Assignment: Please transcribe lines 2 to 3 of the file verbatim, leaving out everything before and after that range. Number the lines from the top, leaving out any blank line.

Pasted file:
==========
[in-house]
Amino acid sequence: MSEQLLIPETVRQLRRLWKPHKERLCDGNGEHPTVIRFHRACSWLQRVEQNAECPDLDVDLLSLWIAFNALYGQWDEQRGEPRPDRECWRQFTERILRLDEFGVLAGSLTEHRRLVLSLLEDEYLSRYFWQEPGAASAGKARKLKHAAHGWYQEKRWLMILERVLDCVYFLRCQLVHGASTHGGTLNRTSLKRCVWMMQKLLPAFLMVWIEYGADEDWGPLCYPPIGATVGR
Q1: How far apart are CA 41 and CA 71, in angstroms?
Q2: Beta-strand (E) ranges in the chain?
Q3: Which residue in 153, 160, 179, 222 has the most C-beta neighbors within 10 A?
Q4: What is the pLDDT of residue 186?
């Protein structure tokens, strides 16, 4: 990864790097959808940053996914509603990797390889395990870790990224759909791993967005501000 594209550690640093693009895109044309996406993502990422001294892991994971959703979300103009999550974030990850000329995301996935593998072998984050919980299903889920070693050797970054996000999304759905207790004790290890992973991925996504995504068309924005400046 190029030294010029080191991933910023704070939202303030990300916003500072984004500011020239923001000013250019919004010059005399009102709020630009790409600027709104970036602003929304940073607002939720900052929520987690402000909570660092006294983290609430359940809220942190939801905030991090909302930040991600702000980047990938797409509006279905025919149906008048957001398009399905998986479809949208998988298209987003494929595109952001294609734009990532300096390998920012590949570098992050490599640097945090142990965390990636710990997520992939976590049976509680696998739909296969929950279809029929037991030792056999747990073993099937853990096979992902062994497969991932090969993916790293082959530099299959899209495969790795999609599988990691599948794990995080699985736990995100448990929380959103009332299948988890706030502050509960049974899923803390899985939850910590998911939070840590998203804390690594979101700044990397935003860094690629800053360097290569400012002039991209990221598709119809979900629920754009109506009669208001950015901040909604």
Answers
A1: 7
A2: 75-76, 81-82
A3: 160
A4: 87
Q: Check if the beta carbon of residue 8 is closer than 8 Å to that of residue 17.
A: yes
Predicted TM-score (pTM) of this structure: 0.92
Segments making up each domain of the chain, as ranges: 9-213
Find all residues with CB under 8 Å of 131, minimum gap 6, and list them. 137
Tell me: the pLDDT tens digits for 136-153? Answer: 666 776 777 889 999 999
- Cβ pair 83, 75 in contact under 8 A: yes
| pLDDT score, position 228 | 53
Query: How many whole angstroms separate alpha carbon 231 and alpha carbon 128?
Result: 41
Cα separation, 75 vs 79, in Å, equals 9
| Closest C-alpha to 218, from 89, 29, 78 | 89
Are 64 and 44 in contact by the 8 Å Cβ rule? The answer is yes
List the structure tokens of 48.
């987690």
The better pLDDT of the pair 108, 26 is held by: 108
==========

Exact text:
Amino acid sequence: MSEQLLIPETVRQLRRLWKPHKERLCDGNGEHPTVIRFHRACSWLQRVEQNAECPDLDVDLLSLWIAFNALYGQWDEQRGEPRPDRECWRQFTERILRLDEFGVLAGSLTEHRRLVLSLLEDEYLSRYFWQEPGAASAGKARKLKHAAHGWYQEKRWLMILERVLDCVYFLRCQLVHGASTHGGTLNRTSLKRCVWMMQKLLPAFLMVWIEYGADEDWGPLCYPPIGATVGR
Q1: How far apart are CA 41 and CA 71, in angstroms?